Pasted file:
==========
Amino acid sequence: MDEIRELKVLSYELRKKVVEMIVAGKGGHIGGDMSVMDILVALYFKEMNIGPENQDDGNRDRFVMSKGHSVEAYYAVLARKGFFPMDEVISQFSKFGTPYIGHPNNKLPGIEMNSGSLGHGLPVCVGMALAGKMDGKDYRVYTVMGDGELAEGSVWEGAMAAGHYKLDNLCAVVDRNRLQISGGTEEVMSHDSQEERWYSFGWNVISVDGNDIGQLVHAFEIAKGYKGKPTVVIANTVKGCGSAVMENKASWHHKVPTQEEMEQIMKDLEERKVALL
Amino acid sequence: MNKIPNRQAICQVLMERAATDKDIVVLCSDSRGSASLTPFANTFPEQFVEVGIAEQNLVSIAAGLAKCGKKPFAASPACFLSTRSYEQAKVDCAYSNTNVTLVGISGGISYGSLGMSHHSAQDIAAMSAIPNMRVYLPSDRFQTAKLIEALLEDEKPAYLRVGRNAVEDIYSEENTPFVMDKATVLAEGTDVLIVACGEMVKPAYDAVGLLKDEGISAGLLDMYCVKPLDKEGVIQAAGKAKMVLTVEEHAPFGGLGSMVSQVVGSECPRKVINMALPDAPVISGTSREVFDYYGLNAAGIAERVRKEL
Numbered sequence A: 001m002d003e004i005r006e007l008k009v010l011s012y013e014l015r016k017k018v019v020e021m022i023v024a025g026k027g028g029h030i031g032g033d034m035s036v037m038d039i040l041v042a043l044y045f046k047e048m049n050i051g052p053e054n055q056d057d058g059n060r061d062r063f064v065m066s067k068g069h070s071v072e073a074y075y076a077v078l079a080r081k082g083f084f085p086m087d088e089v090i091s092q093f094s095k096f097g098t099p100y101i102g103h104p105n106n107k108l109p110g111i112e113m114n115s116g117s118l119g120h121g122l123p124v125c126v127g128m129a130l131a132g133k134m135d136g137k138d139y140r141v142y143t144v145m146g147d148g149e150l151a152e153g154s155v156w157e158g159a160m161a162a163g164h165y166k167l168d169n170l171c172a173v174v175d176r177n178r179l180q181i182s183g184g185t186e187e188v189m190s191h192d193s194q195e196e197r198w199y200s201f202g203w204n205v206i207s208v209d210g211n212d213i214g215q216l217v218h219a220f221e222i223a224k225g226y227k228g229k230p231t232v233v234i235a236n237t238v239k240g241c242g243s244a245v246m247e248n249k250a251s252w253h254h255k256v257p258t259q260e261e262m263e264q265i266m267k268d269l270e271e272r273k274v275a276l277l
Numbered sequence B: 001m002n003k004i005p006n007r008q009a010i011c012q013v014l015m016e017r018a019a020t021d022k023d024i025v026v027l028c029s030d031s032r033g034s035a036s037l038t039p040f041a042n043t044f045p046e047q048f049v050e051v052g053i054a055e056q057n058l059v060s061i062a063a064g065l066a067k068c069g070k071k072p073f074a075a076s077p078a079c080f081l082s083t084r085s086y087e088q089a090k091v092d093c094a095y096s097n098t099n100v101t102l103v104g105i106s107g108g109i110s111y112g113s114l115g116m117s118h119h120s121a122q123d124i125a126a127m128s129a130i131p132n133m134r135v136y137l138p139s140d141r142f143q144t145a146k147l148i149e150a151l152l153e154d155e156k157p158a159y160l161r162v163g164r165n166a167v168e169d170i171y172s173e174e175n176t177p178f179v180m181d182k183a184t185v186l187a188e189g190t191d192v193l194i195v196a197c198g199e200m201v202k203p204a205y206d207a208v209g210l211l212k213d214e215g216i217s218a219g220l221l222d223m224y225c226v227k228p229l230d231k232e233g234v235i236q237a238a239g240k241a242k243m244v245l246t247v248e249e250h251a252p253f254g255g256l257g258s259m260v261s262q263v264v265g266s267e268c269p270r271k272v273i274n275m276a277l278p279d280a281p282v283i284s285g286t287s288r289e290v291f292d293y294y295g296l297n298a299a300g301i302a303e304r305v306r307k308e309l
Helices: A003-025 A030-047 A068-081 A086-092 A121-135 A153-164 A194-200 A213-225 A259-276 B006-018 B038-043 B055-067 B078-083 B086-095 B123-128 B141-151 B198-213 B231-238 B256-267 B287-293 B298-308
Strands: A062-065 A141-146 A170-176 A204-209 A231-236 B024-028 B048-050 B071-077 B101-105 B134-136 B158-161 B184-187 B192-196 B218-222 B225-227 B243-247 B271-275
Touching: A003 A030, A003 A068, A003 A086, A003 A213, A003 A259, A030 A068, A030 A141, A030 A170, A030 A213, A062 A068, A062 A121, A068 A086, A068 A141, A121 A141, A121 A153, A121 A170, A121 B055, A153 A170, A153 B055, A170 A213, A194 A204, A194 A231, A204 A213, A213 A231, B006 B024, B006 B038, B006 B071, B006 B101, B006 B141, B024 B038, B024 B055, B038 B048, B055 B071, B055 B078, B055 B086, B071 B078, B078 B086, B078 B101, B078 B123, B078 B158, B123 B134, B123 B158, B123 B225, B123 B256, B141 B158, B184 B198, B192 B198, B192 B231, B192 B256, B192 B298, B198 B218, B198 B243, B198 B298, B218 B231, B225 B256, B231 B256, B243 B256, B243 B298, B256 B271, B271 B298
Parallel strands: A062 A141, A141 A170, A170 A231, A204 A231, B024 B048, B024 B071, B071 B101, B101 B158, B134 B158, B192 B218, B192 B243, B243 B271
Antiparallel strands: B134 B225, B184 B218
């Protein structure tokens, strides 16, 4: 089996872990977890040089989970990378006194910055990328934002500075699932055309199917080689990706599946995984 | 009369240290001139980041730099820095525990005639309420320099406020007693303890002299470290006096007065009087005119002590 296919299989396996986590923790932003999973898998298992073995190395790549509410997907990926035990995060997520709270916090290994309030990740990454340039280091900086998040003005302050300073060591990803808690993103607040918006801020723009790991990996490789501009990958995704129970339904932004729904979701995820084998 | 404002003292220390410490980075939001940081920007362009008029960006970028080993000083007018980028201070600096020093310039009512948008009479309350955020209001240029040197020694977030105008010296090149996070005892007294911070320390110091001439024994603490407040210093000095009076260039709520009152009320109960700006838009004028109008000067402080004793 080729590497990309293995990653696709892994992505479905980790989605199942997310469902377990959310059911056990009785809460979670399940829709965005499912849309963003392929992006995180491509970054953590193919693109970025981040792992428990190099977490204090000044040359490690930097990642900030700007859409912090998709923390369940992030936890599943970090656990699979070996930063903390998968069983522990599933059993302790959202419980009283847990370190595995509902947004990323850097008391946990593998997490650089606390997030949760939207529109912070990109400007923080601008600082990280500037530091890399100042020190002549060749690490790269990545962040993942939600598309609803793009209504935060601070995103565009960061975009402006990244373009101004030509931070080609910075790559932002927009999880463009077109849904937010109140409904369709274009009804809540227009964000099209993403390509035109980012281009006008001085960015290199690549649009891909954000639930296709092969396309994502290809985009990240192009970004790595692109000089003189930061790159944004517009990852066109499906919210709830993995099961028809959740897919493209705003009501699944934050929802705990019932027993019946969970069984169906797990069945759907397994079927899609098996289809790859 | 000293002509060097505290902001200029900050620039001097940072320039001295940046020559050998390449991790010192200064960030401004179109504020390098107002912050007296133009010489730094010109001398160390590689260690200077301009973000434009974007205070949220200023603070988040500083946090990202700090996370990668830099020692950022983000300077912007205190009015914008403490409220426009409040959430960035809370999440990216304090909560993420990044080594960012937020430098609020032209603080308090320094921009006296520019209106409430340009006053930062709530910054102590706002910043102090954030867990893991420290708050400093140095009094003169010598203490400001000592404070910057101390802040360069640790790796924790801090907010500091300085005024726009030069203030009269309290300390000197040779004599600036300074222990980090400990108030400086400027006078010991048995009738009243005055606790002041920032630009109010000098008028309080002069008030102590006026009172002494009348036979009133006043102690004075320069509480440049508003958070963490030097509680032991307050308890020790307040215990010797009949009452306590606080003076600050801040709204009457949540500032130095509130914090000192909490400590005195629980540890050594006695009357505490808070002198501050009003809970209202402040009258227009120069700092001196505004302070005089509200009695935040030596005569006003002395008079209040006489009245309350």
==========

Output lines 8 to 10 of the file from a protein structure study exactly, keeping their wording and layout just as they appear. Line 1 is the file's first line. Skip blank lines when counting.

Parallel strands: A062 A141, A141 A170, A170 A231, A204 A231, B024 B048, B024 B071, B071 B101, B101 B158, B134 B158, B192 B218, B192 B243, B243 B271
Antiparallel strands: B134 B225, B184 B218
């Protein structure tokens, strides 16, 4: 089996872990977890040089989970990378006194910055990328934002500075699932055309199917080689990706599946995984 | 009369240290001139980041730099820095525990005639309420320099406020007693303890002299470290006096007065009087005119002590 296919299989396996986590923790932003999973898998298992073995190395790549509410997907990926035990995060997520709270916090290994309030990740990454340039280091900086998040003005302050300073060591990803808690993103607040918006801020723009790991990996490789501009990958995704129970339904932004729904979701995820084998 | 404002003292220390410490980075939001940081920007362009008029960006970028080993000083007018980028201070600096020093310039009512948008009479309350955020209001240029040197020694977030105008010296090149996070005892007294911070320390110091001439024994603490407040210093000095009076260039709520009152009320109960700006838009004028109008000067402080004793 080729590497990309293995990653696709892994992505479905980790989605199942997310469902377990959310059911056990009785809460979670399940829709965005499912849309963003392929992006995180491509970054953590193919693109970025981040792992428990190099977490204090000044040359490690930097990642900030700007859409912090998709923390369940992030936890599943970090656990699979070996930063903390998968069983522990599933059993302790959202419980009283847990370190595995509902947004990323850097008391946990593998997490650089606390997030949760939207529109912070990109400007923080601008600082990280500037530091890399100042020190002549060749690490790269990545962040993942939600598309609803793009209504935060601070995103565009960061975009402006990244373009101004030509931070080609910075790559932002927009999880463009077109849904937010109140409904369709274009009804809540227009964000099209993403390509035109980012281009006008001085960015290199690549649009891909954000639930296709092969396309994502290809985009990240192009970004790595692109000089003189930061790159944004517009990852066109499906919210709830993995099961028809959740897919493209705003009501699944934050929802705990019932027993019946969970069984169906797990069945759907397994079927899609098996289809790859 | 000293002509060097505290902001200029900050620039001097940072320039001295940046020559050998390449991790010192200064960030401004179109504020390098107002912050007296133009010489730094010109001398160390590689260690200077301009973000434009974007205070949220200023603070988040500083946090990202700090996370990668830099020692950022983000300077912007205190009015914008403490409220426009409040959430960035809370999440990216304090909560993420990044080594960012937020430098609020032209603080308090320094921009006296520019209106409430340009006053930062709530910054102590706002910043102090954030867990893991420290708050400093140095009094003169010598203490400001000592404070910057101390802040360069640790790796924790801090907010500091300085005024726009030069203030009269309290300390000197040779004599600036300074222990980090400990108030400086400027006078010991048995009738009243005055606790002041920032630009109010000098008028309080002069008030102590006026009172002494009348036979009133006043102690004075320069509480440049508003958070963490030097509680032991307050308890020790307040215990010797009949009452306590606080003076600050801040709204009457949540500032130095509130914090000192909490400590005195629980540890050594006695009357505490808070002198501050009003809970209202402040009258227009120069700092001196505004302070005089509200009695935040030596005569006003002395008079209040006489009245309350």